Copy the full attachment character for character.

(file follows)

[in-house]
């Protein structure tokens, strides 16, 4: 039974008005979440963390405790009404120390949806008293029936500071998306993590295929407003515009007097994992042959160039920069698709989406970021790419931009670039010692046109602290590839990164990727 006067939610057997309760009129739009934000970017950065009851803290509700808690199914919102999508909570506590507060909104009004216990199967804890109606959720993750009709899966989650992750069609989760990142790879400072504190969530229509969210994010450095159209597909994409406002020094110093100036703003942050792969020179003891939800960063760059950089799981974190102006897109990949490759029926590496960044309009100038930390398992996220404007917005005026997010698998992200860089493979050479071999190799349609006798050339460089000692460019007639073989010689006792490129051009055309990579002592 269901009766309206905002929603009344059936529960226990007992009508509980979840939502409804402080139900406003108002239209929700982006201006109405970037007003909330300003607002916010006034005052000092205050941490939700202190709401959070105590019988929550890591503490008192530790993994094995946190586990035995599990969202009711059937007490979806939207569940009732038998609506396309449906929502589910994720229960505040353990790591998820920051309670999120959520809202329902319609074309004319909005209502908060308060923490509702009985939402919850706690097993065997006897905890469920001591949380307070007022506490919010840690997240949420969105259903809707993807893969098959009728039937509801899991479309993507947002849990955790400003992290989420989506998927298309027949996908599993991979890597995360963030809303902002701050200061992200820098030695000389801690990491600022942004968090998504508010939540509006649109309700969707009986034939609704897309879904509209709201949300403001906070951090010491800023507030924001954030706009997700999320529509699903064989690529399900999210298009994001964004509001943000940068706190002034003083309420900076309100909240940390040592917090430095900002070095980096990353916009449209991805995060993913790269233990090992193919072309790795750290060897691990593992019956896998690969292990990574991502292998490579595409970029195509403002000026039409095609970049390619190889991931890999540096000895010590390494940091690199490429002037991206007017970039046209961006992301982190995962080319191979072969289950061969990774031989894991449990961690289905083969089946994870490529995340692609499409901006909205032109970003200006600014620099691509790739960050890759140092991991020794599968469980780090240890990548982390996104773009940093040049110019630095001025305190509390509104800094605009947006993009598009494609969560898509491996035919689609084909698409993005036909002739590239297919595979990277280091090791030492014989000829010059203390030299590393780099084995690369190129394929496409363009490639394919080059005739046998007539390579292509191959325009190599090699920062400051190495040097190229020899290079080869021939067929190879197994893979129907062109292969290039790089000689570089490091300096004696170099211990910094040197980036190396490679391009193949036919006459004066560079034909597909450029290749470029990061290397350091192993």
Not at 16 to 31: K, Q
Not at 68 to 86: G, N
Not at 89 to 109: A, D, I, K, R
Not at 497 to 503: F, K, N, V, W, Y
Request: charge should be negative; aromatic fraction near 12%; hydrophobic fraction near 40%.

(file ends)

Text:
[in-house]
């Protein structure tokens, strides 16, 4: 039974008005979440963390405790009404120390949806008293029936500071998306993590295929407003515009007097994992042959160039920069698709989406970021790419931009670039010692046109602290590839990164990727 006067939610057997309760009129739009934000970017950065009851803290509700808690199914919102999508909570506590507060909104009004216990199967804890109606959720993750009709899966989650992750069609989760990142790879400072504190969530229509969210994010450095159209597909994409406002020094110093100036703003942050792969020179003891939800960063760059950089799981974190102006897109990949490759029926590496960044309009100038930390398992996220404007917005005026997010698998992200860089493979050479071999190799349609006798050339460089000692460019007639073989010689006792490129051009055309990579002592 269901009766309206905002929603009344059936529960226990007992009508509980979840939502409804402080139900406003108002239209929700982006201006109405970037007003909330300003607002916010006034005052000092205050941490939700202190709401959070105590019988929550890591503490008192530790993994094995946190586990035995599990969202009711059937007490979806939207569940009732038998609506396309449906929502589910994720229960505040353990790591998820920051309670999120959520809202329902319609074309004319909005209502908060308060923490509702009985939402919850706690097993065997006897905890469920001591949380307070007022506490919010840690997240949420969105259903809707993807893969098959009728039937509801899991479309993507947002849990955790400003992290989420989506998927298309027949996908599993991979890597995360963030809303902002701050200061992200820098030695000389801690990491600022942004968090998504508010939540509006649109309700969707009986034939609704897309879904509209709201949300403001906070951090010491800023507030924001954030706009997700999320529509699903064989690529399900999210298009994001964004509001943000940068706190002034003083309420900076309100909240940390040592917090430095900002070095980096990353916009449209991805995060993913790269233990090992193919072309790795750290060897691990593992019956896998690969292990990574991502292998490579595409970029195509403002000026039409095609970049390619190889991931890999540096000895010590390494940091690199490429002037991206007017970039046209961006992301982190995962080319191979072969289950061969990774031989894991449990961690289905083969089946994870490529995340692609499409901006909205032109970003200006600014620099691509790739960050890759140092991991020794599968469980780090240890990548982390996104773009940093040049110019630095001025305190509390509104800094605009947006993009598009494609969560898509491996035919689609084909698409993005036909002739590239297919595979990277280091090791030492014989000829010059203390030299590393780099084995690369190129394929496409363009490639394919080059005739046998007539390579292509191959325009190599090699920062400051190495040097190229020899290079080869021939067929190879197994893979129907062109292969290039790089000689570089490091300096004696170099211990910094040197980036190396490679391009193949036919006459004066560079034909597909450029290749470029990061290397350091192993």
Not at 16 to 31: K, Q
Not at 68 to 86: G, N
Not at 89 to 109: A, D, I, K, R
Not at 497 to 503: F, K, N, V, W, Y
Request: charge should be negative; aromatic fraction near 12%; hydrophobic fraction near 40%.